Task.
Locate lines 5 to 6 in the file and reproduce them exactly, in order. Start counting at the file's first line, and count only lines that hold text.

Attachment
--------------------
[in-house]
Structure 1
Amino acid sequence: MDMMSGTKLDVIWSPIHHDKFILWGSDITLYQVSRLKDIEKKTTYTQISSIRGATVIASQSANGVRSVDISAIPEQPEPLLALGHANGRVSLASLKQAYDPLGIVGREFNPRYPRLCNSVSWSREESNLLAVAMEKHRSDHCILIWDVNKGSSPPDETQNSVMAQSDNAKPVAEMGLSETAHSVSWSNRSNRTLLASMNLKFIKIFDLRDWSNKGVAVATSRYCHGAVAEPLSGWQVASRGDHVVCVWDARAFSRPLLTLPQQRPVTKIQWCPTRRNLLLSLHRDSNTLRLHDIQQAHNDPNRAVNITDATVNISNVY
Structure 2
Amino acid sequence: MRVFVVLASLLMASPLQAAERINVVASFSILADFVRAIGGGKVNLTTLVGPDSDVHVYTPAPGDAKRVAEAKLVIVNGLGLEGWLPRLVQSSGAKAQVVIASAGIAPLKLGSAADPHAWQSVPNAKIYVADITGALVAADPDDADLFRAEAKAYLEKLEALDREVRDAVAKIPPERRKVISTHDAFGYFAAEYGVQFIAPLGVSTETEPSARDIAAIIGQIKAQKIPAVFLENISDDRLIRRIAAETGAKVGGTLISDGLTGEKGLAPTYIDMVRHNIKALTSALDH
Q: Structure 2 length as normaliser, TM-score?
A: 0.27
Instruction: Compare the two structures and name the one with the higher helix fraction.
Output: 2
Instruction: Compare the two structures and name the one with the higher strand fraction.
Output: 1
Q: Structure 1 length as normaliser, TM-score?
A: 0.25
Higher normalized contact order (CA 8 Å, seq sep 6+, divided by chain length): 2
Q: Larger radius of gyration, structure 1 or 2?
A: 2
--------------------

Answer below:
Amino acid sequence: MRVFVVLASLLMASPLQAAERINVVASFSILADFVRAIGGGKVNLTTLVGPDSDVHVYTPAPGDAKRVAEAKLVIVNGLGLEGWLPRLVQSSGAKAQVVIASAGIAPLKLGSAADPHAWQSVPNAKIYVADITGALVAADPDDADLFRAEAKAYLEKLEALDREVRDAVAKIPPERRKVISTHDAFGYFAAEYGVQFIAPLGVSTETEPSARDIAAIIGQIKAQKIPAVFLENISDDRLIRRIAAETGAKVGGTLISDGLTGEKGLAPTYIDMVRHNIKALTSALDH
Q: Structure 2 length as normaliser, TM-score?